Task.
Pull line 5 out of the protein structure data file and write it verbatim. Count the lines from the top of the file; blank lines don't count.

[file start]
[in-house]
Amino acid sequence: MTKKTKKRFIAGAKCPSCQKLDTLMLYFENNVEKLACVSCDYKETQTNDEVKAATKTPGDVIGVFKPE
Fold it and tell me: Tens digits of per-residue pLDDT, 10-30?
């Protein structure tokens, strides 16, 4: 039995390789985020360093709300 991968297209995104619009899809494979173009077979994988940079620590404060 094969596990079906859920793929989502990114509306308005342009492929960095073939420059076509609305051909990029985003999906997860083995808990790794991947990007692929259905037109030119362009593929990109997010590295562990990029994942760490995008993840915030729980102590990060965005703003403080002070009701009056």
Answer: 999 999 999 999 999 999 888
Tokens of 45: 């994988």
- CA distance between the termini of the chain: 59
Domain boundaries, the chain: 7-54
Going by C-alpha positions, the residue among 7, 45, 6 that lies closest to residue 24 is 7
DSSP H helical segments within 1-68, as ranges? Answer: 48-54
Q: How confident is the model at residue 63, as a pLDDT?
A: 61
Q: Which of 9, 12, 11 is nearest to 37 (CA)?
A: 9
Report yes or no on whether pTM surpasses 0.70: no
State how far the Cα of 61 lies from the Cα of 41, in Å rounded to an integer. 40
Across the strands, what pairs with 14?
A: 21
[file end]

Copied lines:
Answer: 999 999 999 999 999 999 888